Whangarei gunman Quinn Patterson.
Whangarei gunman Quinn Patterson. Linkedin

Gunman's chilling last call: 'They're dead on the lawn'

"I'VE shot (them) ... they're dead on the front lawn."

These cold, calm and chilling words were among the last heard by Gympie woman Christina White, spoken by her friend of 27 years Quinn Patterson after he shot and killed two women in New Zealand on July 26.

Speaking with Sam Hurley of the New Zealand Weekend Herald, Ms White has spoken about the conversation she had with Patterson, who phoned her shortly after killing property manager Wendy Campbell and her daughter Natanya, and wounding contractor Jeff Pipe.

It is understood she may have been the last person to speak with Patterson before his home on Mount Tiger Rd, Whangarei went up in flames following a firefight with police.

Ms White, 66, was called by Patterson shortly after the Campbells were killed after they entered the Northland property for what was supposed to be a routine property inspection.

Calling just after 10.50am, Patterson told her: "They're dead on the front lawn. I told them, they wouldn't leave me alone, they kept harassing me - I told them I'd shoot them. I have."

Ms White told the Weekend Herald she had never heard him so calm before.

"He said, 'you're my last phone call, I'm ringing you to tell you I love you and I'm saying goodbye'," she said.

While Patterson said he would not survive the day, he did not mention he would burn his own home down and kill himself.

She said his final words to her were "I can hear the sirens, the police are coming, I've got to go".

The Weekend Herald report they posed a series of questions to police about White and Patterson's relationship, but police said while the investigation continued they were unable to answer specific questions which may be relevant to ongoing inquiries.

However, Ms White said she was interviewed by Queensland Police for about two hours on Thursday on behalf of their New Zealand counterparts.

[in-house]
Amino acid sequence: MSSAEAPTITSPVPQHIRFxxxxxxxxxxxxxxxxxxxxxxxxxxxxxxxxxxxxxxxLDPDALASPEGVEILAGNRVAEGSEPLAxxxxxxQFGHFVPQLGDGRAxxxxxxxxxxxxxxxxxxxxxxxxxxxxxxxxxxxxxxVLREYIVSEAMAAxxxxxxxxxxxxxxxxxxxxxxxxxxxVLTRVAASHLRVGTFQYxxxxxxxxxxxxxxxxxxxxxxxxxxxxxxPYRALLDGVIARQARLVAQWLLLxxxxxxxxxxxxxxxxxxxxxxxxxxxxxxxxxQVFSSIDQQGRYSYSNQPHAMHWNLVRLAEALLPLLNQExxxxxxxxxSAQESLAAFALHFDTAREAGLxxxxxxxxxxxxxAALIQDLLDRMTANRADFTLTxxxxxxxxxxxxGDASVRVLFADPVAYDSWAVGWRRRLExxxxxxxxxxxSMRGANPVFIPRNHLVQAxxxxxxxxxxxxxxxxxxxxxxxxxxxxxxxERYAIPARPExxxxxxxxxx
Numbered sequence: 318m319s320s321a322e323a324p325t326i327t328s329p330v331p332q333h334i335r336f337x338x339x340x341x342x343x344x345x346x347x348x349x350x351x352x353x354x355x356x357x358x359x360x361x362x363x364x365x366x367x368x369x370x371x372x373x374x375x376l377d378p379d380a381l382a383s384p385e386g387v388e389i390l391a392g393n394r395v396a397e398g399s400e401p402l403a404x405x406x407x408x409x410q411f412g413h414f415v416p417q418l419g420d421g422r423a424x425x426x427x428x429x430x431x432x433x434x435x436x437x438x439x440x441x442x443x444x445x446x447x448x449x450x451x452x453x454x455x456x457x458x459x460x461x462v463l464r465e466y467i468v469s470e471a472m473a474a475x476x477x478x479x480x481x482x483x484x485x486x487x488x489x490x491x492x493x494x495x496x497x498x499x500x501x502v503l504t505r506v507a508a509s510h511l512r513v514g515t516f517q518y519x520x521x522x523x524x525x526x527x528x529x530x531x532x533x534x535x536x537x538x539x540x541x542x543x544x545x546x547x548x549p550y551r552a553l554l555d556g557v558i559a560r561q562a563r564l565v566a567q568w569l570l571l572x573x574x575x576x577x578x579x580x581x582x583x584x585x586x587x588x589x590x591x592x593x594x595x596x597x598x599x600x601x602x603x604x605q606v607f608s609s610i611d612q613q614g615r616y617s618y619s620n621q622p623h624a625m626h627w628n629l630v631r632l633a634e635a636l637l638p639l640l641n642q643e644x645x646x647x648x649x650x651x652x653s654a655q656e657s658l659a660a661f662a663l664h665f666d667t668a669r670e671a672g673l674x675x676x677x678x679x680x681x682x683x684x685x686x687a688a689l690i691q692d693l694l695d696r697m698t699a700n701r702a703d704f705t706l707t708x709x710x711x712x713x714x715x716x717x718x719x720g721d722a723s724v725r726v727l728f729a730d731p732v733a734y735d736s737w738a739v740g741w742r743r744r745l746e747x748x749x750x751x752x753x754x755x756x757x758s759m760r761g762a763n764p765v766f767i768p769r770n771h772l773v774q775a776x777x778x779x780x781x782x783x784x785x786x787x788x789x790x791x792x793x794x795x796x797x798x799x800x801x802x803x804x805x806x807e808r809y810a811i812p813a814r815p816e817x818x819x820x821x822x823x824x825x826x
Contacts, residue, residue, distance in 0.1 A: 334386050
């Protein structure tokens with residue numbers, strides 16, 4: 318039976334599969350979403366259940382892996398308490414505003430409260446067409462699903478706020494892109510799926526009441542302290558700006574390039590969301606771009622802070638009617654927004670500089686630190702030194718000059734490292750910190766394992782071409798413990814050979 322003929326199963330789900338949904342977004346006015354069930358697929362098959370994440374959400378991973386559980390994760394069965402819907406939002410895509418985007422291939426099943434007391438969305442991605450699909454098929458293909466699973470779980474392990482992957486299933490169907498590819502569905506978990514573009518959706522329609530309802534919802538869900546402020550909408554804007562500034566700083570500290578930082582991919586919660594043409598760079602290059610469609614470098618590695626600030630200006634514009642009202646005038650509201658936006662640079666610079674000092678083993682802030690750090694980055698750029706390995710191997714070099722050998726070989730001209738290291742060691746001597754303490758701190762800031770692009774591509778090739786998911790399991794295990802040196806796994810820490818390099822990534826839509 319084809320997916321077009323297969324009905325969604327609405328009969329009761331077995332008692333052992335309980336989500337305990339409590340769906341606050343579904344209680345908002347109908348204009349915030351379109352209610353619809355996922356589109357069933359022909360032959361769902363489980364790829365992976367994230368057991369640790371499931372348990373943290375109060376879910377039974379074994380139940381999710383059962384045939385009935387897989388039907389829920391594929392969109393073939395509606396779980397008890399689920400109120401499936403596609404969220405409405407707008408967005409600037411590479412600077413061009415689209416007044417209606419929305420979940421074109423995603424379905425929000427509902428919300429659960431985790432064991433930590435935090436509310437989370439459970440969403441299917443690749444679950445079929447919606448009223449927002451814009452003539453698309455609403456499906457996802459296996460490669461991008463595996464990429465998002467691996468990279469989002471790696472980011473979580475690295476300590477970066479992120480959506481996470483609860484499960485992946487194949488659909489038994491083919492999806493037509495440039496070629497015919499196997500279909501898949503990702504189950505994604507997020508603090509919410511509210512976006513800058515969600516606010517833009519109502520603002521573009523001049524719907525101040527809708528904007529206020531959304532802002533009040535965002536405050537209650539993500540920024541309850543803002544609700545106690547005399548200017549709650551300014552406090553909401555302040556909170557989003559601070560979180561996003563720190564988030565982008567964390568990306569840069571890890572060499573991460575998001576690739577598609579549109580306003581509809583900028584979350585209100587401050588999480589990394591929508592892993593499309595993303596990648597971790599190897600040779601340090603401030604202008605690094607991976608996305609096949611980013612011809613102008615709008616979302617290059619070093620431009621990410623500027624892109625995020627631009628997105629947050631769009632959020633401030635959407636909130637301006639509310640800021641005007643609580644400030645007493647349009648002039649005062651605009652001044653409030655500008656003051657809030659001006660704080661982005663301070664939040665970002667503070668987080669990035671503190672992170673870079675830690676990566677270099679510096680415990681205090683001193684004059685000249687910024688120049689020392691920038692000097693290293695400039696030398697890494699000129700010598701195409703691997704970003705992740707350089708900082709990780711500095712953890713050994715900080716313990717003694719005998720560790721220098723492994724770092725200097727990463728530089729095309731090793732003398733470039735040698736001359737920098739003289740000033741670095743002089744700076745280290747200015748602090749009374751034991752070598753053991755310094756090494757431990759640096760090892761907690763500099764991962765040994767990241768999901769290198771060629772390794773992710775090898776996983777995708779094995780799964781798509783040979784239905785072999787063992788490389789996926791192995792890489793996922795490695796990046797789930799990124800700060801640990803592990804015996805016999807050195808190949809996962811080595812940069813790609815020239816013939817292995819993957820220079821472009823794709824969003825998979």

Patterson, 55, was a man who learned to be a criminal during a stint in prison for stabbing a police officer, White said, and who, in his final years and months, descended into a psychotic siege-like state of mind.

She first met Patterson in Australia in 1990, before the couple moved to New Zealand in 1993, living in several places around Whangarei - including briefly at another house on Mount Tiger Rd.

As Ms White grew to know him more she learned about his "crazy upbringing".

"[His family] believed in aliens and it was, you know, doomsday preppers ... There was always the little grey men who were going to come and sort everything out. Quinn believed in all this, he was brought up with it," she said.

Ms White said Patterson also had alcohol and drug addictions but was "worse" when he was not using.

She left him in about 2010, moving back to Australia to be with her family as Patterson's "psychotic episodes" increased. But the pair stayed in near daily contact with each other.

"He enjoyed his cars, we use to play cards and games, we bush walked, we travelled, we went down to the South Island and travelled around there for a bit, but then he started to get really psycho and I thought 'this is the time for me to leave'," she said.

Patterson's badly burned remains were recovered from the charred wreck of his rented home.

It is still unclear exactly how he died.

The Gympie Times reached out to Ms White for comment, but did not receive a response.

Gympie Times

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